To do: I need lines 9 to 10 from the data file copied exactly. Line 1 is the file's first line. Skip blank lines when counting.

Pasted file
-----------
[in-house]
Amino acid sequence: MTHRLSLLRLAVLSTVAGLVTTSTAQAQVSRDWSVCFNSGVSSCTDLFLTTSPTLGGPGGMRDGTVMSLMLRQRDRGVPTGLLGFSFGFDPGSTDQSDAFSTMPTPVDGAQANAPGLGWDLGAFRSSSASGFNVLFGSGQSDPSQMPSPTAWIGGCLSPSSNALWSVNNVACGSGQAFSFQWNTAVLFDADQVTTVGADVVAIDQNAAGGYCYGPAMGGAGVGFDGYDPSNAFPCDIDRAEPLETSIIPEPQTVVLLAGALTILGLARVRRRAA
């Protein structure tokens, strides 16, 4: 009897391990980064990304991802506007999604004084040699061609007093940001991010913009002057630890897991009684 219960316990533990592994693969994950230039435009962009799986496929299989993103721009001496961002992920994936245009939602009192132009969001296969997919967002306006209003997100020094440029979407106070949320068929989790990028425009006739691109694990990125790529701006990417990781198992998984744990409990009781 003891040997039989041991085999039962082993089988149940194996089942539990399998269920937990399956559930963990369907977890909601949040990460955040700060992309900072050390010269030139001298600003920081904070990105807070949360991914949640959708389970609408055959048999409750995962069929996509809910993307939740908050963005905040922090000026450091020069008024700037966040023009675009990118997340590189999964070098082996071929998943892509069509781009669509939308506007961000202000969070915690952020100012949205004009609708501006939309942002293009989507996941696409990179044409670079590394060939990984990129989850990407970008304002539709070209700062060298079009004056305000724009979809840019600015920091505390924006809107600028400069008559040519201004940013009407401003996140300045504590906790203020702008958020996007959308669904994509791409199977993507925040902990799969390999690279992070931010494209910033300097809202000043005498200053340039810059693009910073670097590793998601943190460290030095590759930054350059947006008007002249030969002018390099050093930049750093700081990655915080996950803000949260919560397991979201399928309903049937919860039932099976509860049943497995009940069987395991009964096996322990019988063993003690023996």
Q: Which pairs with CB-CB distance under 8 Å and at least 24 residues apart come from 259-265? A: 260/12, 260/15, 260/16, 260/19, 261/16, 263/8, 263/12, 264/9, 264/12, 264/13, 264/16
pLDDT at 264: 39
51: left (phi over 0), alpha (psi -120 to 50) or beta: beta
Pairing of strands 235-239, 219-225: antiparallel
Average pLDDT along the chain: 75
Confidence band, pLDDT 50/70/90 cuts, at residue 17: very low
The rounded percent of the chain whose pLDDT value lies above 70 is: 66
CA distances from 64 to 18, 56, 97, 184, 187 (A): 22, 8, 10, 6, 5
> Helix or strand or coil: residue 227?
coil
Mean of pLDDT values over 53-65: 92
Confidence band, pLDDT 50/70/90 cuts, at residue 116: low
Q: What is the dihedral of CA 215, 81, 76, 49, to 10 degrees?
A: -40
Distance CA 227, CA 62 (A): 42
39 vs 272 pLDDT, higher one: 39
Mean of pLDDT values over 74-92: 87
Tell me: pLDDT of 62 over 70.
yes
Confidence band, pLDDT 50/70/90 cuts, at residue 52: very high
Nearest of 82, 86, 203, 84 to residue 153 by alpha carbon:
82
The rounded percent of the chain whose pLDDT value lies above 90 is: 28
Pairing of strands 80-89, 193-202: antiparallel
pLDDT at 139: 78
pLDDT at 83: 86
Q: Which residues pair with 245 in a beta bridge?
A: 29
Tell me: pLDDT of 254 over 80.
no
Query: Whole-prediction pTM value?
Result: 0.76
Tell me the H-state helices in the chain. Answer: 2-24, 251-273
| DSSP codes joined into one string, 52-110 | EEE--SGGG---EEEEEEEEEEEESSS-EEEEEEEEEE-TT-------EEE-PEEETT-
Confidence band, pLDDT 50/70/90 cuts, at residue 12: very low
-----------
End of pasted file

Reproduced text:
Confidence band, pLDDT 50/70/90 cuts, at residue 17: very low
The rounded percent of the chain whose pLDDT value lies above 70 is: 66